Wild (and Sometimes Crazy) Wednesday – Weird Behavior in Cats

Lily Has Spring Fever

Lily Has Spring Fever

You’re probably wondering how things could get any wilder and crazier than yesterday’s post about cats (and other animals) who’ve served in public office.

What about cats who eat or chew on things not typically of interest to members of the feline species? In our household, Sophie kitty will eat ribbon, string, and she has also been known to dine on those metallic bows on packages under the Christmas tree. A few Decembers ago I wrote about a near-serious incident occurring when Sophie began secretly chewing those bows. (There are no more bows or ribbon in this house.)

Lily is attracted to cellophane tape and plastic. She gets excited when the big brown truck brings us a package and she immediately checks it over for yummy strips of tape.

George, the Maine coon cat next door has such a bad habit of eating plastic toys and

Winfield playing with a strawberry

Winfield playing with a strawberry

electrical cords that the family has ousted her from the house. Not only has her attraction caused her serious injury and numerous veterinarian visits, it has cost the family money and hassle because they’ve had to replace their computer cords so many times.

Why do cats eat inedible objects? Some experts say this could be a sign of a medical condition—anemia, for example, or periodontal disease. Some cats pursue these activities because of stress. Boredom is another possible cause—especially for the cat who isn’t getting enough exercise. This might also include the aging cat.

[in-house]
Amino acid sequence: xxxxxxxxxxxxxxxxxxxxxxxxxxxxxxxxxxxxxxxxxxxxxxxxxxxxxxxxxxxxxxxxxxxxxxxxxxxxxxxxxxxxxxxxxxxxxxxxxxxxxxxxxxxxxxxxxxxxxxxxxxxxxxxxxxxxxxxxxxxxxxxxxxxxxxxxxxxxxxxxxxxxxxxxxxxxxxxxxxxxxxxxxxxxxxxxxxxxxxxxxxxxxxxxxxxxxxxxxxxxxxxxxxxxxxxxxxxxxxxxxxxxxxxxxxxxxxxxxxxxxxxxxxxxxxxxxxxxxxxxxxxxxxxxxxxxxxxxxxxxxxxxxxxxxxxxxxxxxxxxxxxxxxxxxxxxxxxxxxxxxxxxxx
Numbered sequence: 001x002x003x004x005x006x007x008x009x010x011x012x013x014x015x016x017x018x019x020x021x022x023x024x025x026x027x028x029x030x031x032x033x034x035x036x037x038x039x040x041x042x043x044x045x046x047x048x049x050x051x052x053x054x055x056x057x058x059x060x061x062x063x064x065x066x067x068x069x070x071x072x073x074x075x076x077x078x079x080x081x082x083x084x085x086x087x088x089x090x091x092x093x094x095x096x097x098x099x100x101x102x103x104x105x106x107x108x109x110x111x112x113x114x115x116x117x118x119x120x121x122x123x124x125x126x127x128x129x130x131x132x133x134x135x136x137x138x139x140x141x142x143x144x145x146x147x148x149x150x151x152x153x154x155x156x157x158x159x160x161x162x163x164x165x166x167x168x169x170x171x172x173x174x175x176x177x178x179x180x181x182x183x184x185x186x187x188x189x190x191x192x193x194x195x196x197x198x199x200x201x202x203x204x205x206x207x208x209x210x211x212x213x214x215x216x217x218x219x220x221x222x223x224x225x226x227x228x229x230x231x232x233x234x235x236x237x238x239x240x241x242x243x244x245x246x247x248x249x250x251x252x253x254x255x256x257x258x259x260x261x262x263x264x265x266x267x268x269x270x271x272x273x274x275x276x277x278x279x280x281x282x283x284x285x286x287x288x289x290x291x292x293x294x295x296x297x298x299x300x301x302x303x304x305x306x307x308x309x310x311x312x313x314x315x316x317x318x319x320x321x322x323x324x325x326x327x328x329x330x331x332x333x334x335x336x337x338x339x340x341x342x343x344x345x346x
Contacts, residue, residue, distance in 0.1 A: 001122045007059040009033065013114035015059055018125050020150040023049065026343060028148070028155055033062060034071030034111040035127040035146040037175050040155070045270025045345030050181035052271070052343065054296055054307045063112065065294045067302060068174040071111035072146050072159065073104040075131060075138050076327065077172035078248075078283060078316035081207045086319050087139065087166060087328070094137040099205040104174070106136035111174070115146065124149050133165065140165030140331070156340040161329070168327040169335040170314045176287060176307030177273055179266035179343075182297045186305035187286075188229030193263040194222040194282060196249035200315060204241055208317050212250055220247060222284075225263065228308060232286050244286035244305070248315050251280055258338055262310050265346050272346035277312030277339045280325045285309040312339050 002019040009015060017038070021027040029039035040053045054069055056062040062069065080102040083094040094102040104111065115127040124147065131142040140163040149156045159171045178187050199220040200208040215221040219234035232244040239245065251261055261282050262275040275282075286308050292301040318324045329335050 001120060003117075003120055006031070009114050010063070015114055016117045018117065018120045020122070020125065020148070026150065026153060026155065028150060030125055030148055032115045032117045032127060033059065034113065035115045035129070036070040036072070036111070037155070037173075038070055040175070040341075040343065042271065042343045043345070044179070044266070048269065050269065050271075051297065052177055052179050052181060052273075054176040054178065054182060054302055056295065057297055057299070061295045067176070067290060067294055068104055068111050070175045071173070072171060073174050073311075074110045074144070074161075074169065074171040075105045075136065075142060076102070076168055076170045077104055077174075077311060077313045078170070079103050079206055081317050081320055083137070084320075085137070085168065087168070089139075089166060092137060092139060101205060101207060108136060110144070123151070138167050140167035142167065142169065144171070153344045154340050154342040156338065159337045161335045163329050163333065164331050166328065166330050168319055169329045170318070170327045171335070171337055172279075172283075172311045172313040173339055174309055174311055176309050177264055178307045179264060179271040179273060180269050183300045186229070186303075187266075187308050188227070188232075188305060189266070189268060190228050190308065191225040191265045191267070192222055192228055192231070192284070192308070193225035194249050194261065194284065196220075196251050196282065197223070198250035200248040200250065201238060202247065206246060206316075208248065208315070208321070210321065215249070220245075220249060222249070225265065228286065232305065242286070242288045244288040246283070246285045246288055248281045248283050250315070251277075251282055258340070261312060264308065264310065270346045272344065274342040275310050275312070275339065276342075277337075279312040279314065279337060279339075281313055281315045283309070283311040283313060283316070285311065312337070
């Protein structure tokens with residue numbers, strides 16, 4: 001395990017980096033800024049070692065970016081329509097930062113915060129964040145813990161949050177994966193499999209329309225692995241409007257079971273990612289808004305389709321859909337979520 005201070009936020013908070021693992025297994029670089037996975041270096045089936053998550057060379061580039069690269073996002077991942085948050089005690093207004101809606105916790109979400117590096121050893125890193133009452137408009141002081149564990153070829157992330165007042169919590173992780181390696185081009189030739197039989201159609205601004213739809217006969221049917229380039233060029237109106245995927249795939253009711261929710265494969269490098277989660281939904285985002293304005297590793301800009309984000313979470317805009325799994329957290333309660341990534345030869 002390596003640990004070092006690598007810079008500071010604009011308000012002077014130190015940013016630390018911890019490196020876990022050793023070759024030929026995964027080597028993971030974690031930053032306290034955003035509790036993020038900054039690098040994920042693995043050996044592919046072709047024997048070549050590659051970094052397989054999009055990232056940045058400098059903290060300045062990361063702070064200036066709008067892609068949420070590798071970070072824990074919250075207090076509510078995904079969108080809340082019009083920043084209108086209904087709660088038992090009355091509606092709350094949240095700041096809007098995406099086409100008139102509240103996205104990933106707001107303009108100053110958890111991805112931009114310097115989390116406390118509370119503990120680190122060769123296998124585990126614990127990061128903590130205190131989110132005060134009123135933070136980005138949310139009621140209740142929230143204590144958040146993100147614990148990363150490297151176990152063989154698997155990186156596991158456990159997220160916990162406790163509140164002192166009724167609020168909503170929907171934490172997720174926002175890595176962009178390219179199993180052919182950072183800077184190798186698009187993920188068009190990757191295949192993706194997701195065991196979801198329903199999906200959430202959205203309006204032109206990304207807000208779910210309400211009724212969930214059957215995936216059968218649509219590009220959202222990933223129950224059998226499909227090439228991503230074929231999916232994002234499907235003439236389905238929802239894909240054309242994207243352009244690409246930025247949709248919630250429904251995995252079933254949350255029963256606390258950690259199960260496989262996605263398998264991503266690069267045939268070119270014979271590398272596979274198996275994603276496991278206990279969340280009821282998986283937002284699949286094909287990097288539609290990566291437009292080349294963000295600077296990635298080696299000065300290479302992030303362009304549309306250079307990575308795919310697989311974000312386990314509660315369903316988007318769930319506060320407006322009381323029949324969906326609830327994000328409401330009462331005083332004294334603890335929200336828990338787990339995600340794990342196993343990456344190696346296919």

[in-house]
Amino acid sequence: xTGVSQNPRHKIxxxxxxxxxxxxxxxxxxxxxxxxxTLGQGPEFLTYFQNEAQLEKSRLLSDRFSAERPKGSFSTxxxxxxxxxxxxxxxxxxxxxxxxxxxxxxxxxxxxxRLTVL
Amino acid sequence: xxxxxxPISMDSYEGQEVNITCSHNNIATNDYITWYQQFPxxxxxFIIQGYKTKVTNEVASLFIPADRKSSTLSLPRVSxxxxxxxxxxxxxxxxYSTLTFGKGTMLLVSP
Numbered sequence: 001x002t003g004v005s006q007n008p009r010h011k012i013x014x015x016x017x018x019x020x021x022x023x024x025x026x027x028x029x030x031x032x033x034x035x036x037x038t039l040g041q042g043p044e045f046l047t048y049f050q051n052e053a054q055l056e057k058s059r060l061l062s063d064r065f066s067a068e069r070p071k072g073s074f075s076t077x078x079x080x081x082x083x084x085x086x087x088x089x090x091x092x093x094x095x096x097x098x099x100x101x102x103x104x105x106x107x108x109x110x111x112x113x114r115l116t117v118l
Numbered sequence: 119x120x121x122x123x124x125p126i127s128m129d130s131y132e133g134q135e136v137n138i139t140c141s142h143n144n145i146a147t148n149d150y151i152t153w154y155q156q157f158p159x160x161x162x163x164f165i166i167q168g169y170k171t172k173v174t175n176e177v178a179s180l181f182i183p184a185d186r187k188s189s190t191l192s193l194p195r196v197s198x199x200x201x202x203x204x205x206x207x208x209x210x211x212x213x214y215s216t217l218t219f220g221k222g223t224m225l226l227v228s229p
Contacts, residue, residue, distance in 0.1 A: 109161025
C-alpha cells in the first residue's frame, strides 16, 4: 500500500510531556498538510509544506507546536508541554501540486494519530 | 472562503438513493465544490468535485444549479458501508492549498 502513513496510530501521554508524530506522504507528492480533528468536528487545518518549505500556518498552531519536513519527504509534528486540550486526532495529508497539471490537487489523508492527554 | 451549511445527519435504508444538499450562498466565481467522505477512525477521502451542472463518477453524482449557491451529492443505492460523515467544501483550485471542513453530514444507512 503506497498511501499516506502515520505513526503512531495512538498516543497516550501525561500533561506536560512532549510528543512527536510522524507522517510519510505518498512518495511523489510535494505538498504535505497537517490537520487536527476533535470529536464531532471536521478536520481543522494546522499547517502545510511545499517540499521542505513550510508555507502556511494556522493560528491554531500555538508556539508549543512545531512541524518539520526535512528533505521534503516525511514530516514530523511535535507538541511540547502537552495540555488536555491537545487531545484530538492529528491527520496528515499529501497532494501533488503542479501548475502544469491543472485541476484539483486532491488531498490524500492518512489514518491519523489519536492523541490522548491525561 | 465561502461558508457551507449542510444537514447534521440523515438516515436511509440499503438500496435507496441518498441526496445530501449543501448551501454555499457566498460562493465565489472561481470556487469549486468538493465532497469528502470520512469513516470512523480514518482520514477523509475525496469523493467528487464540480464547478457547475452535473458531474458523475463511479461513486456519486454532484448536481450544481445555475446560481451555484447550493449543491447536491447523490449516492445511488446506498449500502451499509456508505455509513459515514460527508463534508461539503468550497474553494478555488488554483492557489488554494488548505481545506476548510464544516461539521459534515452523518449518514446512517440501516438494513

marmaladeremodel-004What is the solution? For some it is an increase in activity—toys and climbing apparatus that encourage activity and/or more playtime with people. Some behaviorists suggest giving these cats more greens or, perhaps a chew toy soaked in a flavor the cat can’t resist. There’s also a device available called a SSScat Automated Cat Deterrent. Evidently, it has a motion sensor and when the cat gets near the forbidden object, it automatically sprays a nontoxic, harmless gas that startles the cat and discourages his return to that area.

We’ve talked about Feliway sprays and diffusers designed to calm a stressed cat. Some cat owners have found Vicks (the vapor rub) to be effective in keeping cats away from certain areas.

For more information about cats who eat foreign matter and other unusual behavior, I suggest you follow this link. You’ll be surprised at what you learn about your cat.


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